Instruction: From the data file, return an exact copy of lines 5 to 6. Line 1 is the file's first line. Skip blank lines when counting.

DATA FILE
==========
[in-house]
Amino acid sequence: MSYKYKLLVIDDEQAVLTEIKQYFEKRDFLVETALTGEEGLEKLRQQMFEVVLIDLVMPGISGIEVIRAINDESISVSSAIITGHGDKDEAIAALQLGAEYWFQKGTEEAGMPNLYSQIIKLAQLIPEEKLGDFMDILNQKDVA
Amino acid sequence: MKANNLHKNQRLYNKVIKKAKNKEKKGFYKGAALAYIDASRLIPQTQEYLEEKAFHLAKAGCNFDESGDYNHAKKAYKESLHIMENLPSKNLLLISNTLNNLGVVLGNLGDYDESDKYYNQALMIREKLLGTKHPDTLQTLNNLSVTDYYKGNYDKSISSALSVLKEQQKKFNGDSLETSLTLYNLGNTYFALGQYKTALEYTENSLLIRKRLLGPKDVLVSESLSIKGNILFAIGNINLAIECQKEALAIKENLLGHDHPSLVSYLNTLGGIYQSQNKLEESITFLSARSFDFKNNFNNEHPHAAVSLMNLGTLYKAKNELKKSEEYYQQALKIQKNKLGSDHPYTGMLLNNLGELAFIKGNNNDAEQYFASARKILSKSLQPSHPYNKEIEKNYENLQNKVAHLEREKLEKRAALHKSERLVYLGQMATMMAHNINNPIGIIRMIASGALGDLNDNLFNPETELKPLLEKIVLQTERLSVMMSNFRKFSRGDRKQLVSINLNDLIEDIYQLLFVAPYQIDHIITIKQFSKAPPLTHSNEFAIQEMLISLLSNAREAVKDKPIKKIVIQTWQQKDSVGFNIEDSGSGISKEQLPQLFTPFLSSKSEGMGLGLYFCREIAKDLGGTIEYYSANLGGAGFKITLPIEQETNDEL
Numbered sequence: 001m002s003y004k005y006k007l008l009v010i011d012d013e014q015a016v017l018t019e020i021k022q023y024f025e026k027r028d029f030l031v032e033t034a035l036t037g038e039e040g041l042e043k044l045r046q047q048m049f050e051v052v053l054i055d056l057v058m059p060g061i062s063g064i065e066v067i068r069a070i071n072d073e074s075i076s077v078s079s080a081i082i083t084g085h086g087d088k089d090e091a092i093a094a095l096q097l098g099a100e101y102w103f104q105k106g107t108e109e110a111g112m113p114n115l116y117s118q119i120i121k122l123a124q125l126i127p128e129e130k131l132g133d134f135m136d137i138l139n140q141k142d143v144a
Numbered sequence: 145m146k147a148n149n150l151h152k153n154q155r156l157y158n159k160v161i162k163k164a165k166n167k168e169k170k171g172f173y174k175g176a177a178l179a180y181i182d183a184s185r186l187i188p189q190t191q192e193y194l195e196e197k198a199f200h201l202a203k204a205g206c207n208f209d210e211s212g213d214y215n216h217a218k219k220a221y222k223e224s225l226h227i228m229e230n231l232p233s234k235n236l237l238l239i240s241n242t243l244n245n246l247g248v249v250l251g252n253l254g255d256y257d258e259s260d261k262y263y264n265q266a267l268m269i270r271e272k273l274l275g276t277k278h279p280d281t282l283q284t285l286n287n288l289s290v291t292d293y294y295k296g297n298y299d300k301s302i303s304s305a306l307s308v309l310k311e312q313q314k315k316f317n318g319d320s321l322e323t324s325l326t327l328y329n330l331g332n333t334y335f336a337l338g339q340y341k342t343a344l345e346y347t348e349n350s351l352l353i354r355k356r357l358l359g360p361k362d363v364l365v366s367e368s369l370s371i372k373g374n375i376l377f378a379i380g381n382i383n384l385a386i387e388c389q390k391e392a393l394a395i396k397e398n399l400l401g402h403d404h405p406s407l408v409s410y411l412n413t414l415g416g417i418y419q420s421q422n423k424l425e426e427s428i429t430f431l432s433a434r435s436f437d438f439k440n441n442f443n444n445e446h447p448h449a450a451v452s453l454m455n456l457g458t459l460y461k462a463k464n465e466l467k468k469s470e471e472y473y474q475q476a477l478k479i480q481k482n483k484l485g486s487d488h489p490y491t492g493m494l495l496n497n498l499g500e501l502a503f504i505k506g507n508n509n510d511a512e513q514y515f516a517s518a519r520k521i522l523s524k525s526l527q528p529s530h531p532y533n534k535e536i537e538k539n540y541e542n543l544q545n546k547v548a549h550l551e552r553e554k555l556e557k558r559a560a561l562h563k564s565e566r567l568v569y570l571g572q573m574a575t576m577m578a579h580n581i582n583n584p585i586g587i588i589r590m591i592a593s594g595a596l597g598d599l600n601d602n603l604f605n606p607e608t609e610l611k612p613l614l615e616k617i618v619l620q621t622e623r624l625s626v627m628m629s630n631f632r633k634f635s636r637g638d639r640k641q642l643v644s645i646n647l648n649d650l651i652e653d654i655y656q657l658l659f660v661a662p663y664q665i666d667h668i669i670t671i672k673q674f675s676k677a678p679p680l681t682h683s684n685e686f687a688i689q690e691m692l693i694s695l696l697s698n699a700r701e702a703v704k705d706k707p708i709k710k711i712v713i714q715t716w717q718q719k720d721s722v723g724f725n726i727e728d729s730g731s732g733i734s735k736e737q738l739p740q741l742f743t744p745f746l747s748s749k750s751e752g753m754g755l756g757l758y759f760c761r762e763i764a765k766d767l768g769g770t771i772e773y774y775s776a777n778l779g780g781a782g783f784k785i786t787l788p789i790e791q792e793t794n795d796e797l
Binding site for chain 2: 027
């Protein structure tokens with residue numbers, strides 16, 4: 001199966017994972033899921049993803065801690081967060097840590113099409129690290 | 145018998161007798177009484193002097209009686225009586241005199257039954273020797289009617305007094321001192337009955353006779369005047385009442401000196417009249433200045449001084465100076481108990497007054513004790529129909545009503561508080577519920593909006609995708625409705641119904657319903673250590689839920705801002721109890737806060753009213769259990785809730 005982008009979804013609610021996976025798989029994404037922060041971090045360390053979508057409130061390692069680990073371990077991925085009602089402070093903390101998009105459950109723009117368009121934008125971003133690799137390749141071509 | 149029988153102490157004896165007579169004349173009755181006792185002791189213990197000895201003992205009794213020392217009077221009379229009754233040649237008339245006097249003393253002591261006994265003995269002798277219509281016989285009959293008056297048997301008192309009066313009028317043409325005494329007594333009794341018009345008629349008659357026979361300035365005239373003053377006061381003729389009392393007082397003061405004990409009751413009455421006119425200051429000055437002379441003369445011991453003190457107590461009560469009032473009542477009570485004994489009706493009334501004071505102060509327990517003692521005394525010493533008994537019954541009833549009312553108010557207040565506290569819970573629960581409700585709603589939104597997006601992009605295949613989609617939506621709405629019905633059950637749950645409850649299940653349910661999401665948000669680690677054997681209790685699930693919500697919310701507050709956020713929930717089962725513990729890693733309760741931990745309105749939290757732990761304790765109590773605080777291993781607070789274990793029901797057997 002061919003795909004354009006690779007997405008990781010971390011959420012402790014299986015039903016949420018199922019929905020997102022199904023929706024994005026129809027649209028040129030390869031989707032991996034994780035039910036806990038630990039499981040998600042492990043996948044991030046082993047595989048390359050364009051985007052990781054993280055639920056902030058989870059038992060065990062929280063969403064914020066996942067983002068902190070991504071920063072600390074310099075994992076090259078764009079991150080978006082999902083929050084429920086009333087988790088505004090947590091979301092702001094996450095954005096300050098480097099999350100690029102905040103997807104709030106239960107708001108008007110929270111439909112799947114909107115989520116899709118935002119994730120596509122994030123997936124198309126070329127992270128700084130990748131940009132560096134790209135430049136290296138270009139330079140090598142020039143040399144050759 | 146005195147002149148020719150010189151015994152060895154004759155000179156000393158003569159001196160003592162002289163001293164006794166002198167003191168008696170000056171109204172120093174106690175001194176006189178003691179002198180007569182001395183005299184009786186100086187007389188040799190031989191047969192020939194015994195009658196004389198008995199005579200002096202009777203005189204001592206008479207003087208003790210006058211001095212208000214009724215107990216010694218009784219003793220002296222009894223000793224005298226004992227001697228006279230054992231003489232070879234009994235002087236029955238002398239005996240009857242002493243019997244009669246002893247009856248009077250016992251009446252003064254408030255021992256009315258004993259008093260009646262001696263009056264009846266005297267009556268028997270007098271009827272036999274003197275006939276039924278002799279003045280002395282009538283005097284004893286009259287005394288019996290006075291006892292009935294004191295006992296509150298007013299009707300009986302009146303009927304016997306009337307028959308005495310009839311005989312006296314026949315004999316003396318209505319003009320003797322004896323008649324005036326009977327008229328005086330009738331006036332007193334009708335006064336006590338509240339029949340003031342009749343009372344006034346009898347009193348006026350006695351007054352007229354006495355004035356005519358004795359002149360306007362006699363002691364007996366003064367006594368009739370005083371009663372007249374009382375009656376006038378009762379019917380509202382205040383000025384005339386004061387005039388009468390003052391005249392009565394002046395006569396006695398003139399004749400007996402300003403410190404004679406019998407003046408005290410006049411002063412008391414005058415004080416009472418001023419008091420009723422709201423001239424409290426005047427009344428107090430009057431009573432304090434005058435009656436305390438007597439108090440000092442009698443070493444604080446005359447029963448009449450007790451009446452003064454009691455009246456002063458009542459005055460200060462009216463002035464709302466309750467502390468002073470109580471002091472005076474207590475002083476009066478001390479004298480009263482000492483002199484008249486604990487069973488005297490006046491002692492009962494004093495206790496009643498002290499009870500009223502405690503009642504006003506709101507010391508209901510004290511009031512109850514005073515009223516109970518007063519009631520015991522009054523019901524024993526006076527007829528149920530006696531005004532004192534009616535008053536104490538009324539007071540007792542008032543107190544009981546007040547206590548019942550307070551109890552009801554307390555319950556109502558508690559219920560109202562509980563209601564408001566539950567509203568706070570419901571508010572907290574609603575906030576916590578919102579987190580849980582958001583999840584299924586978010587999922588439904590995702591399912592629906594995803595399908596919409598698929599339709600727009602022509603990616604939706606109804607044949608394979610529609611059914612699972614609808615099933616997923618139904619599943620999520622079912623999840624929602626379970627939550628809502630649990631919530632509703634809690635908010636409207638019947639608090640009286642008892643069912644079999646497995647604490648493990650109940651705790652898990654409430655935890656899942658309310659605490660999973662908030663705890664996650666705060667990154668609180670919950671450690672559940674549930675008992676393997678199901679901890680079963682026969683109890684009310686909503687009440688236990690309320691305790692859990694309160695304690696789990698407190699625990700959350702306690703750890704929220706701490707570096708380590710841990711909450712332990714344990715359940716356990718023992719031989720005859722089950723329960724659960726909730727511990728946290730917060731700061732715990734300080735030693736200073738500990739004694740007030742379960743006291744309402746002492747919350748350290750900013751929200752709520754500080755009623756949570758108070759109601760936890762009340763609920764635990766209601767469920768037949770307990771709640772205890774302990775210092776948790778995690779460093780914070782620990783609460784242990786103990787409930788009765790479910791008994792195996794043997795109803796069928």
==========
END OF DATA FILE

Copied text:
Numbered sequence: 145m146k147a148n149n150l151h152k153n154q155r156l157y158n159k160v161i162k163k164a165k166n167k168e169k170k171g172f173y174k175g176a177a178l179a180y181i182d183a184s185r186l187i188p189q190t191q192e193y194l195e196e197k198a199f200h201l202a203k204a205g206c207n208f209d210e211s212g213d214y215n216h217a218k219k220a221y222k223e224s225l226h227i228m229e230n231l232p233s234k235n236l237l238l239i240s241n242t243l244n245n246l247g248v249v250l251g252n253l254g255d256y257d258e259s260d261k262y263y264n265q266a267l268m269i270r271e272k273l274l275g276t277k278h279p280d281t282l283q284t285l286n287n288l289s290v291t292d293y294y295k296g297n298y299d300k301s302i303s304s305a306l307s308v309l310k311e312q313q314k315k316f317n318g319d320s321l322e323t324s325l326t327l328y329n330l331g332n333t334y335f336a337l338g339q340y341k342t343a344l345e346y347t348e349n350s351l352l353i354r355k356r357l358l359g360p361k362d363v364l365v366s367e368s369l370s371i372k373g374n375i376l377f378a379i380g381n382i383n384l385a386i387e388c389q390k391e392a393l394a395i396k397e398n399l400l401g402h403d404h405p406s407l408v409s410y411l412n413t414l415g416g417i418y419q420s421q422n423k424l425e426e427s428i429t430f431l432s433a434r435s436f437d438f439k440n441n442f443n444n445e446h447p448h449a450a451v452s453l454m455n456l457g458t459l460y461k462a463k464n465e466l467k468k469s470e471e472y473y474q475q476a477l478k479i480q481k482n483k484l485g486s487d488h489p490y491t492g493m494l495l496n497n498l499g500e501l502a503f504i505k506g507n508n509n510d511a512e513q514y515f516a517s518a519r520k521i522l523s524k525s526l527q528p529s530h531p532y533n534k535e536i537e538k539n540y541e542n543l544q545n546k547v548a549h550l551e552r553e554k555l556e557k558r559a560a561l562h563k564s565e566r567l568v569y570l571g572q573m574a575t576m577m578a579h580n581i582n583n584p585i586g587i588i589r590m591i592a593s594g595a596l597g598d599l600n601d602n603l604f605n606p607e608t609e610l611k612p613l614l615e616k617i618v619l620q621t622e623r624l625s626v627m628m629s630n631f632r633k634f635s636r637g638d639r640k641q642l643v644s645i646n647l648n649d650l651i652e653d654i655y656q657l658l659f660v661a662p663y664q665i666d667h668i669i670t671i672k673q674f675s676k677a678p679p680l681t682h683s684n685e686f687a688i689q690e691m692l693i694s695l696l697s698n699a700r701e702a703v704k705d706k707p708i709k710k711i712v713i714q715t716w717q718q719k720d721s722v723g724f725n726i727e728d729s730g731s732g733i734s735k736e737q738l739p740q741l742f743t744p745f746l747s748s749k750s751e752g753m754g755l756g757l758y759f760c761r762e763i764a765k766d767l768g769g770t771i772e773y774y775s776a777n778l779g780g781a782g783f784k785i786t787l788p789i790e791q792e793t794n795d796e797l
Binding site for chain 2: 027